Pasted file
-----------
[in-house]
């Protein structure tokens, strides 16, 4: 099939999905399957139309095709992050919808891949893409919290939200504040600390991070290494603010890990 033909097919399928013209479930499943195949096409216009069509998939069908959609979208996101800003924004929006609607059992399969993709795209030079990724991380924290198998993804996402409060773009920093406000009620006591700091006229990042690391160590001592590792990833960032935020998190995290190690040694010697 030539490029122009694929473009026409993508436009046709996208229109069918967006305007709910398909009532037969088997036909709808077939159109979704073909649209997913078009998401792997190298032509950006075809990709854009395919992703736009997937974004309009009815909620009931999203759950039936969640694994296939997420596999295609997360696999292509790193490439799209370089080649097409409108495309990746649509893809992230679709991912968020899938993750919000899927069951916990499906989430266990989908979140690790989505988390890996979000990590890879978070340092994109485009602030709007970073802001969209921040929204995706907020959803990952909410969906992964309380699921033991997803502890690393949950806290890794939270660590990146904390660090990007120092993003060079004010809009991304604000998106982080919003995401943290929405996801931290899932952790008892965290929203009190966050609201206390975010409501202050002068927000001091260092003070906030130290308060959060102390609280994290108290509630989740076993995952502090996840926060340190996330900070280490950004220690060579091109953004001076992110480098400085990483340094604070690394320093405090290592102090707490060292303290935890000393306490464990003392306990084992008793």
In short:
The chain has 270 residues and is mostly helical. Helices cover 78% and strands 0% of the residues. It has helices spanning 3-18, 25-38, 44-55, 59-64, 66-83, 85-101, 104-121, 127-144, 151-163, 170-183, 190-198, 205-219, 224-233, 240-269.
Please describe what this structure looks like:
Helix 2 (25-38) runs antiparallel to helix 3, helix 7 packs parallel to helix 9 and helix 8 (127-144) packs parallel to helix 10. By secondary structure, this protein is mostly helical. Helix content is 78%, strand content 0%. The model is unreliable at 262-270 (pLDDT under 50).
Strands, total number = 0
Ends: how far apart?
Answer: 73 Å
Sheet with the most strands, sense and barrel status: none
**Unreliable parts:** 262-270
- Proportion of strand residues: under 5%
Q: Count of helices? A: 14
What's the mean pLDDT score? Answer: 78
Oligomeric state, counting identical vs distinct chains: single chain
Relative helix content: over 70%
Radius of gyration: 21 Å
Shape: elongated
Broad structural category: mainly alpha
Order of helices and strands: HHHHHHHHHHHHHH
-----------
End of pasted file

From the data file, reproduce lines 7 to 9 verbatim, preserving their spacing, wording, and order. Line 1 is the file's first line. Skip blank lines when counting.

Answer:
Strands, total number = 0
Ends: how far apart?
Answer: 73 Å